CURE: Interdisciplinary Undergraduate Research: Patterns of Prejudice in Past Pandemics

Patterns of Prejudice in Past Pandemics

CURE: Interdisciplinary Undergraduate Research: Patterns of Prejudice in Past Pandemics

Presenter

Sarah Bahsoun

Mentor

Dr. Anne Donnelly

College

College of Liberal Arts and Sciences

Abstract

Accompanying the spread of SARS-2-COVID-19 was a spread in anti-Asian attitudes and actions. These discriminatory actions mirrored the prejudice exhibited towards other groups in past pandemics, notably Jewish people during the Bubonic Plague of the mid-14<sup>th</sup> century. This study aimed to determine similar patterns relating to and underlying the prejudice seen in past pandemics. Prejudice against Jewish people during the Bubonic plague, Immigrants in America during the 1918 Flu, and Asian Americans during COVID-19 was investigated in this study because of the historical record of existing prejudice against these groups before the start of the pandemics. This study focused on the three categories of potential patterns: hate crimes, political rhetoric, and religiosity. Overall, this study found that there was no general pattern of hate crimes during past pandemics without accompanying political rhetoric. In addition, there was no general pattern in religiosity in the pandemics studied, suggesting that the prejudice was not fueled by religious motivations.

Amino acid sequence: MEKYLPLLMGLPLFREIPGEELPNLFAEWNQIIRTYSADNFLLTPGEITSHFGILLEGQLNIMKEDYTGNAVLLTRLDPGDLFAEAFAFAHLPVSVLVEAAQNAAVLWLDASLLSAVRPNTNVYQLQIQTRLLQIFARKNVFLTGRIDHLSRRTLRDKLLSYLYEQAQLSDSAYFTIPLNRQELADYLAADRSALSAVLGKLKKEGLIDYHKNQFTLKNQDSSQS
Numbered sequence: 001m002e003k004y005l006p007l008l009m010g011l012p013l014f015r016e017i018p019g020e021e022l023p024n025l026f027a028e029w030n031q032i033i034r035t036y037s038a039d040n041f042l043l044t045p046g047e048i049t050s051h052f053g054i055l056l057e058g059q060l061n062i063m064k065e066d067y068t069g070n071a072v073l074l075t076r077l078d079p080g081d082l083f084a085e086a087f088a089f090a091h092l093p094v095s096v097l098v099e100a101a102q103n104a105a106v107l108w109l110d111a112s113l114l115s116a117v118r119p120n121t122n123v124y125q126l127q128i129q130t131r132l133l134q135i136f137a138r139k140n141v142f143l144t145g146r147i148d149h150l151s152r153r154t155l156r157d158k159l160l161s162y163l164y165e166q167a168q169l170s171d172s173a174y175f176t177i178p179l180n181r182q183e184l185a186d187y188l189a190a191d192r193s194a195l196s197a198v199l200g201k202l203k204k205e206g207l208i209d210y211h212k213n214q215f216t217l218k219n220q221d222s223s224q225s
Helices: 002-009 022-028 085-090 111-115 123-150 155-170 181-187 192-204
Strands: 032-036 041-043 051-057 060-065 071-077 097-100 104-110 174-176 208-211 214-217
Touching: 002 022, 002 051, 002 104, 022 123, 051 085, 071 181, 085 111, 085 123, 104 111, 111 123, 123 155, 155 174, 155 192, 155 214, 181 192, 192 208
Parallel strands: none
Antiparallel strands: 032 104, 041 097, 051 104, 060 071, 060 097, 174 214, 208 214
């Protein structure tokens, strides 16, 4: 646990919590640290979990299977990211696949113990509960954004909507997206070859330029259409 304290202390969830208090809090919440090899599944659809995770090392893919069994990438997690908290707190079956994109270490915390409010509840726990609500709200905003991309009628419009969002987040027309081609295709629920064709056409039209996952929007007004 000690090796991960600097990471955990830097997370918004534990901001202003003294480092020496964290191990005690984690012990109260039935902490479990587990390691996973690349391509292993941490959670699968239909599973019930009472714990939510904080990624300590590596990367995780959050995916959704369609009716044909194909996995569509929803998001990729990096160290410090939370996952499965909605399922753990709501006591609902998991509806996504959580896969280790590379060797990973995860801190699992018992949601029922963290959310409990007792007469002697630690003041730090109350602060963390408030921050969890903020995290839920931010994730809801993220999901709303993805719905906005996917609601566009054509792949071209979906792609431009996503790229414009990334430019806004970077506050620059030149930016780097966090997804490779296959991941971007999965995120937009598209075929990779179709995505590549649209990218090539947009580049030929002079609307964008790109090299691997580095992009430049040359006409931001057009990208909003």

Poster

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Research Pitch

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